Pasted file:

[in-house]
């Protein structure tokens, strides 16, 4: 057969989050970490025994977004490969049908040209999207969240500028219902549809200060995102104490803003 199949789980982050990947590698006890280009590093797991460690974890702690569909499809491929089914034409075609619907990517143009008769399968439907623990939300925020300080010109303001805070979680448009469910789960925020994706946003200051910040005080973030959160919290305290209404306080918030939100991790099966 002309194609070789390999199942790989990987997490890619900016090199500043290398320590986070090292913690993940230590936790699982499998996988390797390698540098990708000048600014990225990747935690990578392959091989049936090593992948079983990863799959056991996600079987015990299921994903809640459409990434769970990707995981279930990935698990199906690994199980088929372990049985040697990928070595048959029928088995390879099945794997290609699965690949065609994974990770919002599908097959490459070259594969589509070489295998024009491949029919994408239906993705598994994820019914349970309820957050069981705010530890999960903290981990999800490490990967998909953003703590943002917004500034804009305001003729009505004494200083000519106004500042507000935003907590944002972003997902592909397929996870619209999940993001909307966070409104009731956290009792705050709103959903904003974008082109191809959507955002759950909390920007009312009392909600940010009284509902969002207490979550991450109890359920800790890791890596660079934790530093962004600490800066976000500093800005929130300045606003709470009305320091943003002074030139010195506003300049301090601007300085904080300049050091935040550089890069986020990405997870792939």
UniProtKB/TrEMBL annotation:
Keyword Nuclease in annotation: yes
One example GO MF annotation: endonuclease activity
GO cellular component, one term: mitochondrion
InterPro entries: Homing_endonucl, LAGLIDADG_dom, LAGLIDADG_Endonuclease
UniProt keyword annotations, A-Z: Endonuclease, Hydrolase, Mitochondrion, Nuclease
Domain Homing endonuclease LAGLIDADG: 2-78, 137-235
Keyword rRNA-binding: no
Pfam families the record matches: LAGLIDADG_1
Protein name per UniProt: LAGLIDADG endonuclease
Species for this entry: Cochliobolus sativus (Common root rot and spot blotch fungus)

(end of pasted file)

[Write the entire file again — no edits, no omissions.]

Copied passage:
[in-house]
């Protein structure tokens, strides 16, 4: 057969989050970490025994977004490969049908040209999207969240500028219902549809200060995102104490803003 199949789980982050990947590698006890280009590093797991460690974890702690569909499809491929089914034409075609619907990517143009008769399968439907623990939300925020300080010109303001805070979680448009469910789960925020994706946003200051910040005080973030959160919290305290209404306080918030939100991790099966 002309194609070789390999199942790989990987997490890619900016090199500043290398320590986070090292913690993940230590936790699982499998996988390797390698540098990708000048600014990225990747935690990578392959091989049936090593992948079983990863799959056991996600079987015990299921994903809640459409990434769970990707995981279930990935698990199906690994199980088929372990049985040697990928070595048959029928088995390879099945794997290609699965690949065609994974990770919002599908097959490459070259594969589509070489295998024009491949029919994408239906993705598994994820019914349970309820957050069981705010530890999960903290981990999800490490990967998909953003703590943002917004500034804009305001003729009505004494200083000519106004500042507000935003907590944002972003997902592909397929996870619209999940993001909307966070409104009731956290009792705050709103959903904003974008082109191809959507955002759950909390920007009312009392909600940010009284509902969002207490979550991450109890359920800790890791890596660079934790530093962004600490800066976000500093800005929130300045606003709470009305320091943003002074030139010195506003300049301090601007300085904080300049050091935040550089890069986020990405997870792939």
UniProtKB/TrEMBL annotation:
Keyword Nuclease in annotation: yes
One example GO MF annotation: endonuclease activity
GO cellular component, one term: mitochondrion
InterPro entries: Homing_endonucl, LAGLIDADG_dom, LAGLIDADG_Endonuclease
UniProt keyword annotations, A-Z: Endonuclease, Hydrolase, Mitochondrion, Nuclease
Domain Homing endonuclease LAGLIDADG: 2-78, 137-235
Keyword rRNA-binding: no
Pfam families the record matches: LAGLIDADG_1
Protein name per UniProt: LAGLIDADG endonuclease
Species for this entry: Cochliobolus sativus (Common root rot and spot blotch fungus)